The Alabama Music Hall of Fame in Tuscumbia showcases the work of the state’s many famous musicians. Contributed by Chris Granger
Photo: Chris Granger
Photo: Chris Granger

The Shoals is rich in musical heritage, but that’s not all

Nestled in northwestern Alabama along the banks of the Tennessee River, the Shoals — also known as “the Quad” or “Quad-Cities” — encompasses the towns of Florence, Sheffield, Tuscumbia and Muscle Shoals. Home to about 200,000 people, the Shoals may be small in size, but it is a big travel destination, thanks to a bounty of attractions that celebrate the area’s history and famous natives.

The area’s biggest claim to fame is music. Opened in 1990, the 12,500-square-foot Alabama Music Hall of Fame in Tuscumbia showcases the state’s musical heritage. Among the notable inductees are Hank Williams, Nat “King” Cole, Sam Phillips, Dinah Washington, Emmylou Harris, Lionel Richie and The Blind Boys of Alabama. The hall’s recording studio is stocked with a selection of music and lyrics, and visitors can add their voices to make a take-home memory.

The home of famed composer W.C. Handy doubles as a museum filled with artifacts from the “Father of the Blues.” Contributed by Chris G. Ranger
Photo: For the AJC

Florence-born W.C. Handy, dubbed “The Father of the Blues” for his contributions to the genre, has a prominent spot in the Hall of Fame. But the prolific composer also has his own museum in Florence. The W.C Handy Birthplace Museum & Library is located in the log cabin where he was born in 1873. Hand-written originals of many Handy works are on display, along with personal papers and artifacts.

The author of “Beale Street Blues” and “St Louis Blues” is celebrated annually during the last week of July when the W.C. Handy Music Festival kicks off with a New Orleans-style street parade and continues with live performances in more than 300 venues. At press time, plans to hold the festival this year in light of the COVID-19 pandemic were full steam ahead. Events taking place July 17-26 include songwriter showcases, a three-day bike ride, a car show, a Handy Hookah Block Party, dinner parties and performances by The Beat Daddys, The Midnighters, The Tennessee Valley Strummers, Thompson Trio and more.

A roster of musical royalty recorded at the Muscle Shoals Studio in Sheffield. Contributed by Art Meripol
Photo: For the AJC

Music also takes center stage at the Muscle Shoals Sound Studios in Sheffield. The small structure, built in 1946 as a coffin showroom, was reconfigured into a studio in 1969 by four highly sought-after studio musicians known as the Muscle Shoals Rhythm Section. They played on some of the biggest rhythm and blues hits of the ’60s and ’70s. A roster of musical royalty recorded here, including Percy Sledge, Wilson Pickett, Aretha Franklin, The Rolling Stones, Paul Simon, George Michael, Willie Nelson and Rod Stewart. After 10 years, the destination became so popular, owners relocated to a larger facility. It was in operation until 2005, when it became Cypress Moon Studios. Today it hosts tours and concerts open to the public.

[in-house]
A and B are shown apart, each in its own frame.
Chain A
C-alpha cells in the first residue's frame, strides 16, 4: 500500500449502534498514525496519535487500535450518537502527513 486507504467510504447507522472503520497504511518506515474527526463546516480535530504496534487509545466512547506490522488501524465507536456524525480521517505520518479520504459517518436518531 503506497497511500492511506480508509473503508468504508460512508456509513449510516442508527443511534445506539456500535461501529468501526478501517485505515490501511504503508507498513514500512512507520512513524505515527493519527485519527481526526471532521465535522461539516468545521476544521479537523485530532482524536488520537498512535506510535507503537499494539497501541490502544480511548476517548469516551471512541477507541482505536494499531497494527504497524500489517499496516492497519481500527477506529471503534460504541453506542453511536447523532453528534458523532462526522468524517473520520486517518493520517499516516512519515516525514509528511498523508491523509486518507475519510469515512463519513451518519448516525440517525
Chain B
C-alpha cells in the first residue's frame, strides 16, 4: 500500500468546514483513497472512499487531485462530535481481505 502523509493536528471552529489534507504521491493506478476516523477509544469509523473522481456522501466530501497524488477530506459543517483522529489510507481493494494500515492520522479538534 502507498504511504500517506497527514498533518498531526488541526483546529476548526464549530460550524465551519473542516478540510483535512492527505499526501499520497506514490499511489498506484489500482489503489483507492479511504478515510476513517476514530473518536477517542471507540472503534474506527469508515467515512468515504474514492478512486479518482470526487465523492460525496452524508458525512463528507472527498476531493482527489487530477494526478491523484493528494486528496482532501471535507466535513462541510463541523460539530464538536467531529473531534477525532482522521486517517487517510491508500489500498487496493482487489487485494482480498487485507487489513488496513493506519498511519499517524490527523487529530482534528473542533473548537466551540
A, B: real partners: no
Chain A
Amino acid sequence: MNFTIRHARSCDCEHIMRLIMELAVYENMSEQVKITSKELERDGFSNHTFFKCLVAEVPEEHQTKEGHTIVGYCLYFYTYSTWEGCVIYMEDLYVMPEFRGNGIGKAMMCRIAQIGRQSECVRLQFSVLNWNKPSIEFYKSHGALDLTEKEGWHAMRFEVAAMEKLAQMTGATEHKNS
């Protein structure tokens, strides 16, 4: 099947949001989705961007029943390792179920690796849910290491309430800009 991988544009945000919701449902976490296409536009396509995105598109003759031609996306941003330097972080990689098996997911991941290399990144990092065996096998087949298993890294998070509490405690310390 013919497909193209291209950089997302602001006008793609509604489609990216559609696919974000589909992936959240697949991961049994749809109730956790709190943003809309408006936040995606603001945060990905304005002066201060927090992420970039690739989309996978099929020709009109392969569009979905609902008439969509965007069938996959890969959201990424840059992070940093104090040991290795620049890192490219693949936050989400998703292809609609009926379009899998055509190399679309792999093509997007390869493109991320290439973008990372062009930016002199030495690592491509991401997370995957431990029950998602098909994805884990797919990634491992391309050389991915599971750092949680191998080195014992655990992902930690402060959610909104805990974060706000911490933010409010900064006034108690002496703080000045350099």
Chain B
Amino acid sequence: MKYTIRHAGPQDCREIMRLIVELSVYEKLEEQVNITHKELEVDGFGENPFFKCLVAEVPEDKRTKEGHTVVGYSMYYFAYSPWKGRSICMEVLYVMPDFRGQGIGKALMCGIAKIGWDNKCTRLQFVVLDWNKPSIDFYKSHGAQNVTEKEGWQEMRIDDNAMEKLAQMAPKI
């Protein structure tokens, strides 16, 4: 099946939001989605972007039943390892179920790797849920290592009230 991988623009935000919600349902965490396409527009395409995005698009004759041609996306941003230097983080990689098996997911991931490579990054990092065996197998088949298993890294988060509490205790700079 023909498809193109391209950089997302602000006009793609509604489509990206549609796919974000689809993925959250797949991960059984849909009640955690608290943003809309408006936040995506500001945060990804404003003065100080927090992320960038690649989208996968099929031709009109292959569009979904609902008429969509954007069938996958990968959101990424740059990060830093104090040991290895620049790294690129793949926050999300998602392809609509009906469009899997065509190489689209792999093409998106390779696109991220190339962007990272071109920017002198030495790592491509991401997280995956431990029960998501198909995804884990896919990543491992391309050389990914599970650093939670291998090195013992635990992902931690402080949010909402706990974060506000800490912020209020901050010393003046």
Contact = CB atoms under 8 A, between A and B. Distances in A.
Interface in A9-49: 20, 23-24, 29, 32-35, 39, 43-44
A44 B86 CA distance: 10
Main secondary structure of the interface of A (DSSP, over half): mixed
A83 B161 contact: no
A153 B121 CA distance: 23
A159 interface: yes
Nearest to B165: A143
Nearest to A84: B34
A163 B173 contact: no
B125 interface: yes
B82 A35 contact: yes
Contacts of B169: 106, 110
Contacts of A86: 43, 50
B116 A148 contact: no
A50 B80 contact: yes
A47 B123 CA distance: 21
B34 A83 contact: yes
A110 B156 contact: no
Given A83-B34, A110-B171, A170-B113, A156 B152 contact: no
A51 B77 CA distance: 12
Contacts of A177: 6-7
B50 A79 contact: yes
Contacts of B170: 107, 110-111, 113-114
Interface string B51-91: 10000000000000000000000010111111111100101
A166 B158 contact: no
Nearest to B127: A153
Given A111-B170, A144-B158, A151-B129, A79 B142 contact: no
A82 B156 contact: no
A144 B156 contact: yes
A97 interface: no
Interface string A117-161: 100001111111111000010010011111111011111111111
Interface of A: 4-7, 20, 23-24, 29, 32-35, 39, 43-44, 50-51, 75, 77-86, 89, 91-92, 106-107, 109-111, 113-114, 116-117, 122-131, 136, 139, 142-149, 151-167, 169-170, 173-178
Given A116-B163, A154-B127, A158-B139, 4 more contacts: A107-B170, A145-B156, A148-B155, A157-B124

The original Music Shoals Sound Studios has been restored and is now managed by the Muscle Shoals Music Foundation. Public tours are offered 10 a.m.-4 p.m. Monday-Saturday.

Music lovers will also want to stop at the FAME Recording Studio, home of FAME Publishing founded in 1959. The FAME music label artists included Clarence Carter (“Slip Away”) and Wilson Pickett (“Mustang Sally”).

The homestead of Helen Keller in Tuscumbia is furnished with family possessions and memorabilia. Contributed by Art Meripol
Photo: For the AJC

Not all the famous folks from the Shoals are musicians. Tuscumbia was the birthplace of Helen Keller, an author, activist and lecturer born in 1880 who defied expectations as the first deaf and blind person to earn a bachelor of arts degree.

The Helen Keller Birthplace, called Ivy Green, is a museum located in her childhood home. It contains original family furnishings and many of Keller’s personal items, including her Braille typewriter, as well as gifts and awards presented to her during a lifetime of advocating for women and the disabled, including the Theodore Roosevelt Distinguished Service Medal (1936) and the Presidential Medal of Freedom (1964).

Traditionally the Helen Keller Festival is held every June in Spring Park in Tuscumbia. A highlight is a production at the Helen Keller Birthplace of the beloved play about Keller’s life, “The Miracle Worker.” Unfortunately, this year’s festival has been canceled due to COVID-19. Next year’s festival is scheduled for June 24-27, 2021.

Native American heritage also has deep roots in the Shoals. The Florence Indian Mound and Museum preserves grounds still considered sacred to many Southeastern indigenous tribes. Visitors can explore the 42-foot mound, which dates back to AD 100, and learn about ancient cultures at the museum.